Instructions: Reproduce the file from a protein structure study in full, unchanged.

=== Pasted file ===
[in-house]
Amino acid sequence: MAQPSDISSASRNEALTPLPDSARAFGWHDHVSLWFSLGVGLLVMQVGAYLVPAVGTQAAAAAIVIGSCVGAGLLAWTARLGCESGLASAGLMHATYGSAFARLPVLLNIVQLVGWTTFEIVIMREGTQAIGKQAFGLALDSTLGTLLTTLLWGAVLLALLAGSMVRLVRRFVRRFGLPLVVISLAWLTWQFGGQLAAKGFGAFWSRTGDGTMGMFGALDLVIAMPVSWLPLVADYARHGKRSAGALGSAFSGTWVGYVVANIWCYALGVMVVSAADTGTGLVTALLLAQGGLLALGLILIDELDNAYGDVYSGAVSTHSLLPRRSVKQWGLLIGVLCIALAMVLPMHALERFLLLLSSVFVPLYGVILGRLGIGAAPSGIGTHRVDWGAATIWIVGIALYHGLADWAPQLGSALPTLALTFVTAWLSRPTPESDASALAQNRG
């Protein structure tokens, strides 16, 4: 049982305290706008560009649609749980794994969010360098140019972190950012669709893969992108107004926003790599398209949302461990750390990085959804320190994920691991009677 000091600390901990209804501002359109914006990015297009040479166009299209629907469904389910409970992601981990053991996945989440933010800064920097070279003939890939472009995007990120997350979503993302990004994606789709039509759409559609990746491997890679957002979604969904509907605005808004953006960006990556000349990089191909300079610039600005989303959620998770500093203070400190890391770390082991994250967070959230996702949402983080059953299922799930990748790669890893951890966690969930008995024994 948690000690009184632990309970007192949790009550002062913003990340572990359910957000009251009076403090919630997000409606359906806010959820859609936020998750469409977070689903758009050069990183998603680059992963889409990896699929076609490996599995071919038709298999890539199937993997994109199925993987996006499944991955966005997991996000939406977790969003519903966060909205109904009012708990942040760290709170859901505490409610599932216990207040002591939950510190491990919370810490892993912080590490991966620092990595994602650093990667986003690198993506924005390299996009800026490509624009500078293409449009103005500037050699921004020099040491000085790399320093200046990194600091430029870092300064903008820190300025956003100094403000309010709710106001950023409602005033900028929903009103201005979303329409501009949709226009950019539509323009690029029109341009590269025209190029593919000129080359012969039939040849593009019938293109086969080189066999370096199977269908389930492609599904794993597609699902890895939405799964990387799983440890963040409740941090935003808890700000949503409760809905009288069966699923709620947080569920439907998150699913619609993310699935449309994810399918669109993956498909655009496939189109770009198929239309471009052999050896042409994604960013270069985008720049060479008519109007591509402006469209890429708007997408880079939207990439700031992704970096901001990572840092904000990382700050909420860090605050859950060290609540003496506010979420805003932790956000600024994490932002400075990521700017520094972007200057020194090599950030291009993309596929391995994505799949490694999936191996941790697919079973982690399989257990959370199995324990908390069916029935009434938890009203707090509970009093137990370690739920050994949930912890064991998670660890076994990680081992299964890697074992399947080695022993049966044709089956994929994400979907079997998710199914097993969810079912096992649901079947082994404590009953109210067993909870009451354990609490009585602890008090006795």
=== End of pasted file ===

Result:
[in-house]
Amino acid sequence: MAQPSDISSASRNEALTPLPDSARAFGWHDHVSLWFSLGVGLLVMQVGAYLVPAVGTQAAAAAIVIGSCVGAGLLAWTARLGCESGLASAGLMHATYGSAFARLPVLLNIVQLVGWTTFEIVIMREGTQAIGKQAFGLALDSTLGTLLTTLLWGAVLLALLAGSMVRLVRRFVRRFGLPLVVISLAWLTWQFGGQLAAKGFGAFWSRTGDGTMGMFGALDLVIAMPVSWLPLVADYARHGKRSAGALGSAFSGTWVGYVVANIWCYALGVMVVSAADTGTGLVTALLLAQGGLLALGLILIDELDNAYGDVYSGAVSTHSLLPRRSVKQWGLLIGVLCIALAMVLPMHALERFLLLLSSVFVPLYGVILGRLGIGAAPSGIGTHRVDWGAATIWIVGIALYHGLADWAPQLGSALPTLALTFVTAWLSRPTPESDASALAQNRG
């Protein structure tokens, strides 16, 4: 049982305290706008560009649609749980794994969010360098140019972190950012669709893969992108107004926003790599398209949302461990750390990085959804320190994920691991009677 000091600390901990209804501002359109914006990015297009040479166009299209629907469904389910409970992601981990053991996945989440933010800064920097070279003939890939472009995007990120997350979503993302990004994606789709039509759409559609990746491997890679957002979604969904509907605005808004953006960006990556000349990089191909300079610039600005989303959620998770500093203070400190890391770390082991994250967070959230996702949402983080059953299922799930990748790669890893951890966690969930008995024994 948690000690009184632990309970007192949790009550002062913003990340572990359910957000009251009076403090919630997000409606359906806010959820859609936020998750469409977070689903758009050069990183998603680059992963889409990896699929076609490996599995071919038709298999890539199937993997994109199925993987996006499944991955966005997991996000939406977790969003519903966060909205109904009012708990942040760290709170859901505490409610599932216990207040002591939950510190491990919370810490892993912080590490991966620092990595994602650093990667986003690198993506924005390299996009800026490509624009500078293409449009103005500037050699921004020099040491000085790399320093200046990194600091430029870092300064903008820190300025956003100094403000309010709710106001950023409602005033900028929903009103201005979303329409501009949709226009950019539509323009690029029109341009590269025209190029593919000129080359012969039939040849593009019938293109086969080189066999370096199977269908389930492609599904794993597609699902890895939405799964990387799983440890963040409740941090935003808890700000949503409760809905009288069966699923709620947080569920439907998150699913619609993310699935449309994810399918669109993956498909655009496939189109770009198929239309471009052999050896042409994604960013270069985008720049060479008519109007591509402006469209890429708007997408880079939207990439700031992704970096901001990572840092904000990382700050909420860090605050859950060290609540003496506010979420805003932790956000600024994490932002400075990521700017520094972007200057020194090599950030291009993309596929391995994505799949490694999936191996941790697919079973982690399989257990959370199995324990908390069916029935009434938890009203707090509970009093137990370690739920050994949930912890064991998670660890076994990680081992299964890697074992399947080695022993049966044709089956994929994400979907079997998710199914097993969810079912096992649901079947082994404590009953109210067993909870009451354990609490009585602890008090006795």